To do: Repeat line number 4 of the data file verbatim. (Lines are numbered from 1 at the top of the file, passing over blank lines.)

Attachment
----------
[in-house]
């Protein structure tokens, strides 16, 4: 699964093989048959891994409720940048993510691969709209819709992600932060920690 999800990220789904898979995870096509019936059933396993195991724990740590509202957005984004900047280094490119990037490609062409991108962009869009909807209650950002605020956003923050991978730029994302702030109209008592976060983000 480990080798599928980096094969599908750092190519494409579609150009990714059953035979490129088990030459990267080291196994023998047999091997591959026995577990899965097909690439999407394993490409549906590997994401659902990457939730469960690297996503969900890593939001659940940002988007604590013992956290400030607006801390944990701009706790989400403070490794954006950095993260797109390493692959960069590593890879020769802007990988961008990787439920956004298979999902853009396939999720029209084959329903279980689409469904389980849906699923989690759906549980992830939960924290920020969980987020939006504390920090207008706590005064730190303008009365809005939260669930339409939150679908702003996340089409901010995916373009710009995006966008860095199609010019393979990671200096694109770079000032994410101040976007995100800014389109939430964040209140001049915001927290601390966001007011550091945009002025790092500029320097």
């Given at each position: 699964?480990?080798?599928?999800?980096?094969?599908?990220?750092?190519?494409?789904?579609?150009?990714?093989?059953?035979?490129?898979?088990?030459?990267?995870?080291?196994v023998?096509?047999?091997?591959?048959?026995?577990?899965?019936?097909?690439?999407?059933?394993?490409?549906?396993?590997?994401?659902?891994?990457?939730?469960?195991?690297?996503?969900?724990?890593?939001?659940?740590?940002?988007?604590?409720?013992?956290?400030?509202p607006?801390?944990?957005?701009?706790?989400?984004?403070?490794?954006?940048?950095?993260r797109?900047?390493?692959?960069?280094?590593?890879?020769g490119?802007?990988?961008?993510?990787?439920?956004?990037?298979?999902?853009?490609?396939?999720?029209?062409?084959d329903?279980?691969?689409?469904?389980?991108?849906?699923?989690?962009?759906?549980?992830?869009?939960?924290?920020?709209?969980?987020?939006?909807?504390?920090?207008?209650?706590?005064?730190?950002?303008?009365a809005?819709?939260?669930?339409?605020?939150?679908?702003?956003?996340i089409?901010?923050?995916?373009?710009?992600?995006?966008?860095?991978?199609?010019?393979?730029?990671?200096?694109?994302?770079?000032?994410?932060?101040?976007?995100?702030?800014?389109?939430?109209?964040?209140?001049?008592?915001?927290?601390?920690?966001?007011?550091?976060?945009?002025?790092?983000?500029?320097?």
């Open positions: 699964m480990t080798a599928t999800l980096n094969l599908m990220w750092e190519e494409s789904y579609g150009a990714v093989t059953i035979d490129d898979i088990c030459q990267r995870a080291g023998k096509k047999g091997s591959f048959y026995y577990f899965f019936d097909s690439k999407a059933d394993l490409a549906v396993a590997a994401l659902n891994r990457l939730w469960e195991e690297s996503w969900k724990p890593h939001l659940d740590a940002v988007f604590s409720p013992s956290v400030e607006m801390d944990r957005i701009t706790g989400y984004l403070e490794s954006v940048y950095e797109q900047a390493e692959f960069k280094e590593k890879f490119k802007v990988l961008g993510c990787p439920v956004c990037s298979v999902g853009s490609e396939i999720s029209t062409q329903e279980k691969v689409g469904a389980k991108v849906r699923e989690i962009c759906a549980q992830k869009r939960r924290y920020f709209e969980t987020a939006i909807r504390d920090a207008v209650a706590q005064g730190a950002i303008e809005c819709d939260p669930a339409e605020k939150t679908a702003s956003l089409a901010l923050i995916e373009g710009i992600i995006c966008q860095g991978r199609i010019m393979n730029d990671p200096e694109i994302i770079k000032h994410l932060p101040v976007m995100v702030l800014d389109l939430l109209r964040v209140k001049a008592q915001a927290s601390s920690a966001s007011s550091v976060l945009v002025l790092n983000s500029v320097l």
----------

């Open positions: 699964m480990t080798a599928t999800l980096n094969l599908m990220w750092e190519e494409s789904y579609g150009a990714v093989t059953i035979d490129d898979i088990c030459q990267r995870a080291g023998k096509k047999g091997s591959f048959y026995y577990f899965f019936d097909s690439k999407a059933d394993l490409a549906v396993a590997a994401l659902n891994r990457l939730w469960e195991e690297s996503w969900k724990p890593h939001l659940d740590a940002v988007f604590s409720p013992s956290v400030e607006m801390d944990r957005i701009t706790g989400y984004l403070e490794s954006v940048y950095e797109q900047a390493e692959f960069k280094e590593k890879f490119k802007v990988l961008g993510c990787p439920v956004c990037s298979v999902g853009s490609e396939i999720s029209t062409q329903e279980k691969v689409g469904a389980k991108v849906r699923e989690i962009c759906a549980q992830k869009r939960r924290y920020f709209e969980t987020a939006i909807r504390d920090a207008v209650a706590q005064g730190a950002i303008e809005c819709d939260p669930a339409e605020k939150t679908a702003s956003l089409a901010l923050i995916e373009g710009i992600i995006c966008q860095g991978r199609i010019m393979n730029d990671p200096e694109i994302i770079k000032h994410l932060p101040v976007m995100v702030l800014d389109l939430l109209r964040v209140k001049a008592q915001a927290s601390s920690a966001s007011s550091v976060l945009v002025l790092n983000s500029v320097l």